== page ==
Establishing conditioned reinforcers in individuals with developmental disabilities: comparison of the stimulus-stimulus pairing procedure and the discriminative control procedure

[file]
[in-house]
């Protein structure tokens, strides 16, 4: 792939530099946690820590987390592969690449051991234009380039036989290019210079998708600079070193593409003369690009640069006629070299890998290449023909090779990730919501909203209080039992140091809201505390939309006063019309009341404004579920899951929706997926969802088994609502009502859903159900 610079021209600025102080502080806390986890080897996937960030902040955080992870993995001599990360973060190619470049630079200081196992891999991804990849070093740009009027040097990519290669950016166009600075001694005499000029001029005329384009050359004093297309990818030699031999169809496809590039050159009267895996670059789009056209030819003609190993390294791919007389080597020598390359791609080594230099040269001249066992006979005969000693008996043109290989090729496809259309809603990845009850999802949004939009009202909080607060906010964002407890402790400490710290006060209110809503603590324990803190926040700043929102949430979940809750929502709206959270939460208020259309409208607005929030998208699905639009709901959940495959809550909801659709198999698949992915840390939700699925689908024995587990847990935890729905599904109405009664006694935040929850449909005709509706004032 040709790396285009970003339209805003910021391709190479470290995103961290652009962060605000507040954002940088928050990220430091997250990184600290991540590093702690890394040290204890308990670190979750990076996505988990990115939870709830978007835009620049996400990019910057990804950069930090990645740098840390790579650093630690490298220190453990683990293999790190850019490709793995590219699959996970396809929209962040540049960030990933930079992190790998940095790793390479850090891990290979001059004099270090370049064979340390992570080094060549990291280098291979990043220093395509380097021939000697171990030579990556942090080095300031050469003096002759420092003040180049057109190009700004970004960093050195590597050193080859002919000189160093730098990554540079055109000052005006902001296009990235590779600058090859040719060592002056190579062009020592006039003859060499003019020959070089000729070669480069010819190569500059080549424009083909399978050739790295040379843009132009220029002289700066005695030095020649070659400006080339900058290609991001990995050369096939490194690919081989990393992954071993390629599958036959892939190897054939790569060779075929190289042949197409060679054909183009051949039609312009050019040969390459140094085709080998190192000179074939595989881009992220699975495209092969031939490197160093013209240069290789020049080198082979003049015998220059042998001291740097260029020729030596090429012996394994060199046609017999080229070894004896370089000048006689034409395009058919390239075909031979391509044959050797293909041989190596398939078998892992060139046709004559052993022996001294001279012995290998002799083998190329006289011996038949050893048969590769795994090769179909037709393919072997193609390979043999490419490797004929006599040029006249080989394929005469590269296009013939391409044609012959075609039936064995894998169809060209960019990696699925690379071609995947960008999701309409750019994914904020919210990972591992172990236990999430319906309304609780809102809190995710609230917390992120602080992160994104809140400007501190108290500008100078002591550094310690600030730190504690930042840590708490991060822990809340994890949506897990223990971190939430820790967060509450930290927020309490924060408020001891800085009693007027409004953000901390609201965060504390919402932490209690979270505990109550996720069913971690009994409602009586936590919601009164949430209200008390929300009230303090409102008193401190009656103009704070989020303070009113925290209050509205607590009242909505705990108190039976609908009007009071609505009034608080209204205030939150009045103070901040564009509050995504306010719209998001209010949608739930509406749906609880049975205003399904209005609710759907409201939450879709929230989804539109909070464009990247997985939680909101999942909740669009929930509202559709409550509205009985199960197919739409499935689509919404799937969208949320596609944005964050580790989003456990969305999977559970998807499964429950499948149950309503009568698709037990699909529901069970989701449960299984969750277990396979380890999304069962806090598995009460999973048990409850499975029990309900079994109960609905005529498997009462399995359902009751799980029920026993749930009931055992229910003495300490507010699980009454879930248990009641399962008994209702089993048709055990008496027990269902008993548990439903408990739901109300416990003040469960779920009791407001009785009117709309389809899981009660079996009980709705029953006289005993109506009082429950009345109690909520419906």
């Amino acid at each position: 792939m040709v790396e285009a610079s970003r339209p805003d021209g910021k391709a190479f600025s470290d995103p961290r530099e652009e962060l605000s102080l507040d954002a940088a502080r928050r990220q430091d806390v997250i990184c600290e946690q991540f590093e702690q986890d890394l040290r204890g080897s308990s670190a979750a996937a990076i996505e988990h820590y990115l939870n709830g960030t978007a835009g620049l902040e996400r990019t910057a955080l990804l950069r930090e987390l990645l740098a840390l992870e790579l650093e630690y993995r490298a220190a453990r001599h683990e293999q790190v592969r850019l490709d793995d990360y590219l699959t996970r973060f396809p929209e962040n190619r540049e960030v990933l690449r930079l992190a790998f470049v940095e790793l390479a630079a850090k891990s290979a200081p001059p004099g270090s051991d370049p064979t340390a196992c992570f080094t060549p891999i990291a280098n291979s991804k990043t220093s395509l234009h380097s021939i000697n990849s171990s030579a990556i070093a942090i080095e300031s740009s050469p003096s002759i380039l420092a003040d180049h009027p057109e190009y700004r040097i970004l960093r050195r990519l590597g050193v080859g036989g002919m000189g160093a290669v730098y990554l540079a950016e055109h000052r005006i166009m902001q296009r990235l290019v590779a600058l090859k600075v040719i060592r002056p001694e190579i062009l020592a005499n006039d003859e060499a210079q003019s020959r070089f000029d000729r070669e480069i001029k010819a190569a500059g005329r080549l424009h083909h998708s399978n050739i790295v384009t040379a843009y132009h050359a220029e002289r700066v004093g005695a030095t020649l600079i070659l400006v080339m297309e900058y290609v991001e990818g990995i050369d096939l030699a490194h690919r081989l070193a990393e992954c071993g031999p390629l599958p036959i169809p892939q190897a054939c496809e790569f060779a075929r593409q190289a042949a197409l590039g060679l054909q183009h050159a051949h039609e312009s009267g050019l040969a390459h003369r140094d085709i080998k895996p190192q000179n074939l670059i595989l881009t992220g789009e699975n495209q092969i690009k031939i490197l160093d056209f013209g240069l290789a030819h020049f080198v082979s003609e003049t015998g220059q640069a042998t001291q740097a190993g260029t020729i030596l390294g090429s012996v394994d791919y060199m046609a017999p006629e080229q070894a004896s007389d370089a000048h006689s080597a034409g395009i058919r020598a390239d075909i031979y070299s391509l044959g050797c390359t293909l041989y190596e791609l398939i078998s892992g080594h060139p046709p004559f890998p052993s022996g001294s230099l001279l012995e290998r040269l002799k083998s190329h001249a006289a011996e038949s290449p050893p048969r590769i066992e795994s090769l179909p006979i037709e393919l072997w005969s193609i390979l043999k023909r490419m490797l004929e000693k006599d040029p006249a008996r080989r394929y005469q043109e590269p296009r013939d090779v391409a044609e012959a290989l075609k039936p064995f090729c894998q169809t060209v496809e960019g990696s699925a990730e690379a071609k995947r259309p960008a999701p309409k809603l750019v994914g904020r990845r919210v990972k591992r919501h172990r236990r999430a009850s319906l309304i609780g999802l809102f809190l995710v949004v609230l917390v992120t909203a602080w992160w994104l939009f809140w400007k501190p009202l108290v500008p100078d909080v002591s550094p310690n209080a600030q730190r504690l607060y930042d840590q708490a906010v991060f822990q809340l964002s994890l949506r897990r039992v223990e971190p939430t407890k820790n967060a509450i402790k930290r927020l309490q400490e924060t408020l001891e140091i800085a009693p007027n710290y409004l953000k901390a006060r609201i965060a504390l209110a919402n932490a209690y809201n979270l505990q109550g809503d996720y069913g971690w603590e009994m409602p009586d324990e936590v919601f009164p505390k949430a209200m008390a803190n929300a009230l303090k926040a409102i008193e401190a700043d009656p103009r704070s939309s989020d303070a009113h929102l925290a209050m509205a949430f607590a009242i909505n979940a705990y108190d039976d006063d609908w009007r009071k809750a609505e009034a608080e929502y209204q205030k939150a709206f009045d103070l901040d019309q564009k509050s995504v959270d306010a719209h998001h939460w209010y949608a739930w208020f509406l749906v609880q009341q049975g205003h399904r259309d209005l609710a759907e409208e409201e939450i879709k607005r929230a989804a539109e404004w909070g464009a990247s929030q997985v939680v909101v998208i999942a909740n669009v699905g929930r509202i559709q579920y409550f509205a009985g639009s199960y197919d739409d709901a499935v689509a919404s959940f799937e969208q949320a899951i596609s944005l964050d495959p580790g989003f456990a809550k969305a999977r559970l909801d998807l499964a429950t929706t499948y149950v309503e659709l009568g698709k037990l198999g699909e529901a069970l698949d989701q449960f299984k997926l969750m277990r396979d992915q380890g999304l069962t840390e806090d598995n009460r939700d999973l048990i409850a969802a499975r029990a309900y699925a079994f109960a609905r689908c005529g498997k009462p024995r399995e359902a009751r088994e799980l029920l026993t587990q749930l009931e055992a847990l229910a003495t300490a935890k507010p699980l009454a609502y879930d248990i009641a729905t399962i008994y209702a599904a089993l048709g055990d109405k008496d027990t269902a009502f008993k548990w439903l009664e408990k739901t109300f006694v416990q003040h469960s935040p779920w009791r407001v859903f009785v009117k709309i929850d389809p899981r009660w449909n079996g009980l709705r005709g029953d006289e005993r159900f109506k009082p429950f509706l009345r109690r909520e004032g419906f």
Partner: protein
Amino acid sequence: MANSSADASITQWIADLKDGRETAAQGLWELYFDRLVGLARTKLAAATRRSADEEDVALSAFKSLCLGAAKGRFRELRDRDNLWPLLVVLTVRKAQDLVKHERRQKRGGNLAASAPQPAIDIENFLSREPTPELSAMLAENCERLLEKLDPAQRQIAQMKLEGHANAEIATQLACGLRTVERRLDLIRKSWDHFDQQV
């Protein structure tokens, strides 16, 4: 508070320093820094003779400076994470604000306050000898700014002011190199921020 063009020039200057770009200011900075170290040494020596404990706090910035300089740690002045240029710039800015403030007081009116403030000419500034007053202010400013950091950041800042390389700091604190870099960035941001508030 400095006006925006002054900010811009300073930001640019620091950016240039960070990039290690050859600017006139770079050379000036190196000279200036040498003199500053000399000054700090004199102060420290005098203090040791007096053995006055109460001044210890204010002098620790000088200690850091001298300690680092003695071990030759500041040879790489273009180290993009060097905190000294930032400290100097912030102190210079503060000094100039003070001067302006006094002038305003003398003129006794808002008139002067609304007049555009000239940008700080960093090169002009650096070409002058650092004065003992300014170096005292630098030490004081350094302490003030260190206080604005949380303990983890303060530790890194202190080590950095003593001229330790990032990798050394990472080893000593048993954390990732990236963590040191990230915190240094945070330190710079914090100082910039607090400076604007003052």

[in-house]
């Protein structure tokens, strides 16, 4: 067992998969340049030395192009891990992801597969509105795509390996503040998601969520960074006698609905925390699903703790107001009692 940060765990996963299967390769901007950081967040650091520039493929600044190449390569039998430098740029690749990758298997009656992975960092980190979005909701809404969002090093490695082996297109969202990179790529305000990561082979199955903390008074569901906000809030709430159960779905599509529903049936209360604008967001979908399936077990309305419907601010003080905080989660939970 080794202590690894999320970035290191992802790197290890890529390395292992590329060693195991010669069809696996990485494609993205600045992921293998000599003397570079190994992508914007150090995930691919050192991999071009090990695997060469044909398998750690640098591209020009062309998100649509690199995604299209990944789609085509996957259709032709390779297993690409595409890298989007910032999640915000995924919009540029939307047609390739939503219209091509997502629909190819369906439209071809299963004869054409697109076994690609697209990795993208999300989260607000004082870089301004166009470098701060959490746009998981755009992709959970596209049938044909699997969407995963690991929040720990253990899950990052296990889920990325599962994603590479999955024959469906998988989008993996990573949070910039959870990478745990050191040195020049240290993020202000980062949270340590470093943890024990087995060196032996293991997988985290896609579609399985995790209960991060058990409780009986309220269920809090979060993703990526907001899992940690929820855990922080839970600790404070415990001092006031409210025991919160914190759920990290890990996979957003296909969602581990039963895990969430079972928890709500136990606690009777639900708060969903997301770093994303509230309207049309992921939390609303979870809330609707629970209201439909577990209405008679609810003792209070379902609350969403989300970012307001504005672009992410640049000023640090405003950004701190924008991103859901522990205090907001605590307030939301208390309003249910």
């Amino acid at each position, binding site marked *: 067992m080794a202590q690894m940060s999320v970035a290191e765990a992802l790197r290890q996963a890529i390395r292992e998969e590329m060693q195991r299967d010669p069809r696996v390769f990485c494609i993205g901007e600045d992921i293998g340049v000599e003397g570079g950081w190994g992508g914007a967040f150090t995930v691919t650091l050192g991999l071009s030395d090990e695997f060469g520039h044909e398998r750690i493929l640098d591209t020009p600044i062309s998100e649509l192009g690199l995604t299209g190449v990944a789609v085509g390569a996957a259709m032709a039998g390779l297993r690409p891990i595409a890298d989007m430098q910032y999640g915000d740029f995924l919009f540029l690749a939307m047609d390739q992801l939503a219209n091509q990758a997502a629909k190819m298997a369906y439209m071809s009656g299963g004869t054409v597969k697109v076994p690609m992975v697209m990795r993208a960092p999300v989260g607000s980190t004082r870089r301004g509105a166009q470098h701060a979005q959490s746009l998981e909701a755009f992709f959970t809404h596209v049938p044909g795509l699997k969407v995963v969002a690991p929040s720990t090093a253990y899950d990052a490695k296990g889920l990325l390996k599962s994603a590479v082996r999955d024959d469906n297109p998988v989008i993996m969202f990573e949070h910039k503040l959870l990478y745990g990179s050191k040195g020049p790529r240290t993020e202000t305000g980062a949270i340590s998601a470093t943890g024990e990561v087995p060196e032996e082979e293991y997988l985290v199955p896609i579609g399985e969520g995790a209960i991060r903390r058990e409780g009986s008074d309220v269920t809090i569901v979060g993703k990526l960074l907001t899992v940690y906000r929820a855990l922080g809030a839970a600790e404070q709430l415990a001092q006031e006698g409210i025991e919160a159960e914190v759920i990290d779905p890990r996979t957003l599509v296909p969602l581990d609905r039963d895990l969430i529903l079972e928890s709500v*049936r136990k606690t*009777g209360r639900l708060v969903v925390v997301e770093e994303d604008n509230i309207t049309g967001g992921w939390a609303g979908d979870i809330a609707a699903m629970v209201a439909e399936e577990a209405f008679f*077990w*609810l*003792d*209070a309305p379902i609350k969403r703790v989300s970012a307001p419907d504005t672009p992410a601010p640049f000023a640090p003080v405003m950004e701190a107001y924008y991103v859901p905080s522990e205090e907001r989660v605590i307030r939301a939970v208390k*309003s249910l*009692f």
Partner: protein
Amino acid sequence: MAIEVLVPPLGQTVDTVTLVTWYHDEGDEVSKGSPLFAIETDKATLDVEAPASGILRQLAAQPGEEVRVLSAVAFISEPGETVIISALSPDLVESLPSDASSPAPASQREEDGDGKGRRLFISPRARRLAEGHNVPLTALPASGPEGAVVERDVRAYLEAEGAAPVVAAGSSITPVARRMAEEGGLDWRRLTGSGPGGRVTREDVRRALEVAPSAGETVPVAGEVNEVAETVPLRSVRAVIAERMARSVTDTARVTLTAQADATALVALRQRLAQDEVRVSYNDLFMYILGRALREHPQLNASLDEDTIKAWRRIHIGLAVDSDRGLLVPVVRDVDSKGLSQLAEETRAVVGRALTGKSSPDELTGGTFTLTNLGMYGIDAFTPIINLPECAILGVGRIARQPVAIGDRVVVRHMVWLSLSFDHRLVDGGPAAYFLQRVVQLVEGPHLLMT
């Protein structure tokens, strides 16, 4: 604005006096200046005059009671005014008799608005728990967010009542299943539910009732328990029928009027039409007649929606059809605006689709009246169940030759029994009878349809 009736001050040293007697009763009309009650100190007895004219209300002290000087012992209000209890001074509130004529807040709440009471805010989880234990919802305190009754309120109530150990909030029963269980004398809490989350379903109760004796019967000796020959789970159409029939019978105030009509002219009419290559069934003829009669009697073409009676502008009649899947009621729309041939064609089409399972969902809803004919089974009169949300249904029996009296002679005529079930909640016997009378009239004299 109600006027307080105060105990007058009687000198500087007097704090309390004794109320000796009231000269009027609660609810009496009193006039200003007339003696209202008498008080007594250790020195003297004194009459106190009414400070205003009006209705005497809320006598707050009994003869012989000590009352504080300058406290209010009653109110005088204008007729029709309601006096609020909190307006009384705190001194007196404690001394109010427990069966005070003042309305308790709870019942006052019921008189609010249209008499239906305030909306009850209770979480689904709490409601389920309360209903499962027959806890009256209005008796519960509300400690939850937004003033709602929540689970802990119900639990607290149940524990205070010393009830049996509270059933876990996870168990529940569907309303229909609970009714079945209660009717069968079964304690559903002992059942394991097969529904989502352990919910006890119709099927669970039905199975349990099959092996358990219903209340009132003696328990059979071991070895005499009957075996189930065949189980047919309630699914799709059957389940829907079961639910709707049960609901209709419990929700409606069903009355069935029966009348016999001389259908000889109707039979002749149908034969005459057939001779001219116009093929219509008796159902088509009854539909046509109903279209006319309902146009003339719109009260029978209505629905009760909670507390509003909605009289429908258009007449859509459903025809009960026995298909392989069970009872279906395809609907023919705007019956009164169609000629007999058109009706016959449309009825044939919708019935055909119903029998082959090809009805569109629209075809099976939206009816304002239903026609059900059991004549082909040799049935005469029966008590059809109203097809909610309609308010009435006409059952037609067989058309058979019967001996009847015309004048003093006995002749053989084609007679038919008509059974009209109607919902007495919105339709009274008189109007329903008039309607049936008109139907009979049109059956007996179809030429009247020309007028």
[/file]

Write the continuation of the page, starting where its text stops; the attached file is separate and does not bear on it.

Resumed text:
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Individuals with developmental disabilities may be sensitive to a limited number of conditioned reinforcers. Therefore, the development of effective procedures to establish conditioned reinforcers in this population is of major practical importance. However, therapeutic procedures targeting the acquisition of novel conditioned reinforcers have not been extensively evaluated in the applied literature. Stimulus-stimulus pairing, a procedure consistent with a Pavlovian conditioning paradigm, has demonstrated inconsistent results. A second alternative suggests that stimuli may be conditioned as reinforcers due to their role as discriminative stimuli during operant responding. In Experiment 1, I evaluated the level of conditioned reinforcement produced by these two methods. For four of the five participants of Experiment 1, both procedures induced levels of responding above the baseline range. However, the effects were often variable and delayed. Only one participant showed differentiated levels of responding across procedures. Experiment 1 did not explore the mechanisms involved in conditioned reinforcement. Therefore, in Experiment 2 I examined the effects of satiating the primary (unconditional) reinforcers, which could reveal the learning principle involved. Experiment 2 also demonstrated the acquisition of conditioned reinforcers through both procedures. However, the satiation manipulation did not significantly change the levels of operant responding established through conditioned reinforcement, which would be consistent with a Pavlovian hypothesis.